Court hears application regarding independent candidates is an 'extraordinary attempt to imperil the elections'

2019-03-27 19:51
Chantall Dawn Revell (centre), princess of the Korana Royal Household (Jenna Etheridge, News24)

Chantall Dawn Revell (centre), princess of the Korana Royal Household (Jenna Etheridge, News24)

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A case dealing with the rights of independent candidates to stand for election has no basis and is an "extraordinary attempt to imperil the elections" in May, a lawyer told the Western Cape High Court on Wednesday.

Advocate Steven Budlender, who represents the Electoral Commission of SA (IEC), dismissed the argument that an omission in the Electoral Act to allow independent candidates to stand for national and provincial elections, was a "massive constitutional crisis".

The court earlier heard that if the question of independent candidates was not resolved timeously, there would be an application to postpone the elections.

READ: Could 'massive constitutional crisis' around the rights of independent candidates postpone the elections?

Budlender said the "real constitutional crisis" was that the New Nation Movement (NNM), Khoi leader Chantal Dawn Revell and other applicants wanted the court to make a declaration six weeks before elections, preventing elections from being held properly and plunging the country into "mass panic and pandemonium".

Even if the court or president wanted to address the situation, it would not have the power to do so because there had to be a new election within 90 days of the National Assembly being dissolved, he said.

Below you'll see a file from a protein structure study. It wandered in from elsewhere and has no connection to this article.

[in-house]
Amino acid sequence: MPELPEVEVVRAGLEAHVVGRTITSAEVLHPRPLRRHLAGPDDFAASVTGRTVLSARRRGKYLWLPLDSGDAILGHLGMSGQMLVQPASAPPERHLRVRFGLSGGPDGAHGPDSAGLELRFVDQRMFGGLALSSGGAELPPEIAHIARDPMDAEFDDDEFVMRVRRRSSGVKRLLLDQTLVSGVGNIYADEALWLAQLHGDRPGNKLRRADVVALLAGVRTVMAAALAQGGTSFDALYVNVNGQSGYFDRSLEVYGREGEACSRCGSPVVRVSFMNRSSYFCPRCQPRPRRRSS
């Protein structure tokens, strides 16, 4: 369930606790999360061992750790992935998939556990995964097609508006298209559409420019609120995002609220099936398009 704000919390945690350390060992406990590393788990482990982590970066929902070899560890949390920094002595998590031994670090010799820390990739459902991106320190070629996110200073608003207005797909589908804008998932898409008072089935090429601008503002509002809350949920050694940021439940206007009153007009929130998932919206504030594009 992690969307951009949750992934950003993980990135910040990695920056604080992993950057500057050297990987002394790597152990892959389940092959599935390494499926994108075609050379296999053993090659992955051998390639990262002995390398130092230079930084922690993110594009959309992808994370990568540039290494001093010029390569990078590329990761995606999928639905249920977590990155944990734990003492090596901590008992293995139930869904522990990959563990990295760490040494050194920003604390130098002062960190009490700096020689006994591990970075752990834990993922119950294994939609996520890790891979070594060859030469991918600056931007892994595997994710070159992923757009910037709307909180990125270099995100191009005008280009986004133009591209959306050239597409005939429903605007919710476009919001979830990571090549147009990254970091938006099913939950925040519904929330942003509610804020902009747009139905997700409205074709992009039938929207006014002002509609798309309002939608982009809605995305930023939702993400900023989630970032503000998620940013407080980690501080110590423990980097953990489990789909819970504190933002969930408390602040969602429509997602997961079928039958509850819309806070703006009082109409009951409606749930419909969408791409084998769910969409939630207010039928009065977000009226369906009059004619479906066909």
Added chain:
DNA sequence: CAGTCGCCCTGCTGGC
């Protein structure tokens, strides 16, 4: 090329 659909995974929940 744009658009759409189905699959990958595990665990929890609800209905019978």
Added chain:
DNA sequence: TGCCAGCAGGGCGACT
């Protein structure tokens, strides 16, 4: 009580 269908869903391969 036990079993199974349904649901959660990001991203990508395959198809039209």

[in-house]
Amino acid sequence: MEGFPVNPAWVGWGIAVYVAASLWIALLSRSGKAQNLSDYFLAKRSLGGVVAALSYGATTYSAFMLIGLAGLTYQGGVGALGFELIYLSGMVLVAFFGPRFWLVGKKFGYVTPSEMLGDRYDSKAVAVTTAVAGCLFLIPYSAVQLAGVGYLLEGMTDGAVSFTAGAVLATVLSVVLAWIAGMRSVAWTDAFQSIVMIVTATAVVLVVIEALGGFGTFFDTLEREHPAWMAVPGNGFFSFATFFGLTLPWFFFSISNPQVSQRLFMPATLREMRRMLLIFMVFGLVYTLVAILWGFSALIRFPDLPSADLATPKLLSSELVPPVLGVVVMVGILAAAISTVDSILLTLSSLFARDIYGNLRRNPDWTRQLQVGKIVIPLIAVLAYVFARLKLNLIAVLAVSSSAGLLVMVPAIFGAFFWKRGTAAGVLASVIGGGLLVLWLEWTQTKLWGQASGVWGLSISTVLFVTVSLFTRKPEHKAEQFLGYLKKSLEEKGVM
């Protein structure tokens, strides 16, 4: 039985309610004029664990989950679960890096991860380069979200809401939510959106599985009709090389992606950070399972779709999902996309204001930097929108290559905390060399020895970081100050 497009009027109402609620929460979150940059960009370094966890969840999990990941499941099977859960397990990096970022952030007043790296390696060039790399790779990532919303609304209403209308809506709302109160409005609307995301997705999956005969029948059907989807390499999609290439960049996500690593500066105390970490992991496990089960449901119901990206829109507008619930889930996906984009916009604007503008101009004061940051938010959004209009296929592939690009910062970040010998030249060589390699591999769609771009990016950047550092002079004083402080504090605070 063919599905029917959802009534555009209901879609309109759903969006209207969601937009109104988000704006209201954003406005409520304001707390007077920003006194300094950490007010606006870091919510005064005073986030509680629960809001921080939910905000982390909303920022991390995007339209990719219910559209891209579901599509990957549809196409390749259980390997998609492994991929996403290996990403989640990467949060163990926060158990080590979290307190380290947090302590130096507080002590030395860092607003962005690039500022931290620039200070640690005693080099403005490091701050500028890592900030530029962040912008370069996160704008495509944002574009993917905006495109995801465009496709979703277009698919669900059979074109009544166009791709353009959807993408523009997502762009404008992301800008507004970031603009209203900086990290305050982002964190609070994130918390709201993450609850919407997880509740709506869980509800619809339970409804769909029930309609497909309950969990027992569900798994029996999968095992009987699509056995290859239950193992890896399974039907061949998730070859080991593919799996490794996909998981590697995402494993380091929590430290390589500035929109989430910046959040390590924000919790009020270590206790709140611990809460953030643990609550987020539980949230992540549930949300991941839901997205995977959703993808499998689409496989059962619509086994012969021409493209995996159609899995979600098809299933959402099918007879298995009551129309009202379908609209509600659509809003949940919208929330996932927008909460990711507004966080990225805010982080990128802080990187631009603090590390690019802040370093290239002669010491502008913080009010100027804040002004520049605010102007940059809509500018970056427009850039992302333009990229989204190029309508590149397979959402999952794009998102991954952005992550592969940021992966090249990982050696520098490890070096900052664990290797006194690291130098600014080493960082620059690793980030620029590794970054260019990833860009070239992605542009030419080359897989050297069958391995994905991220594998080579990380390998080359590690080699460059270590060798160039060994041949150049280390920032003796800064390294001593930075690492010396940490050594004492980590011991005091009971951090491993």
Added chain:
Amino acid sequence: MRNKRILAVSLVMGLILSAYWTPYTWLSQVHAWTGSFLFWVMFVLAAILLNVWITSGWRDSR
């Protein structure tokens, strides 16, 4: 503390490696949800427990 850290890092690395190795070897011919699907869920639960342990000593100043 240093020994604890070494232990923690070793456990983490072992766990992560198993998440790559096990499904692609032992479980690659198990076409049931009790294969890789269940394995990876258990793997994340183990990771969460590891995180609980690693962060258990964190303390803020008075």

"We know we are within that period because ballot papers started being printed yesterday, 48 parties have registered," Budlender told Judge Siraj Desai.

"It is with great respect that this application is brought without proper basis... It is irresponsible for them to ask you for an order in that regard," he said.

The respondents are the President of the Republic of South Africa, the home affairs department, the IEC and the speaker of the National Assembly.

The application followed a Constitutional Court judgment in June last year in which Chief Justice Mogoeng noted that there was no reason why any citizen could not stand as an independent candidate to be elected to municipal councils, provincial legislatures or the National Assembly.

"The enjoyment of this right has not been prescribed by the Constitution. It is just not facilitated by legislation," Mogoeng noted at the time. 

Budlender told Desai that the judgment should be treated with caution as they had searched without success in previous judgments and textbooks for references to the rights of independent candidates.

In an affidavit, Revell said they believed that electing independent candidates to the National Assembly was the only way to restore righteousness to the country.

"In this regard, it bears emphasis that I do not want to belong to any particular political party. This is because I have no confidence in their ability to adequately care for or to represent the interests for which I stand as a woman, a mother and a member of the First Nation Peoples. It also bears emphasis that the royal households I represent have also committed themselves to be impartial and politically non-partisan."

She said the First Nation Peoples, as the "original stewards of the land", had a critical role to play in the land issue and should be given a parliamentary voice as soon as possible.

"The land issue has the potential to cause a civil war and could even lead to genocide." 

Advocate Nazeer Cassim, who represented the Department of Home Affairs, said the "abusive application" had not demonstrated that any constitutional rights had been infringed.

He said the applicants could join or start their own political party but did not want to.

Both Budlender and Cassim pointed out that Parliament was already seized with the independent candidates' matter as a result of the Lekota Bill and the High-Level Panel Report (to review post-apartheid legislation, including the Electoral Act).

Given a chance to reply, advocate Alan Nelson, who represented NNM, said the real constitutional crisis would be if the elections took place and re-election was needed because of an application to declare the results invalid.

Desai took issue with the use of the word "genocide" and said he would deal with it in his judgment.

He needed time to consider the arguments and reserved judgment until April 17.

Read more on:    iec  |  elections 2019
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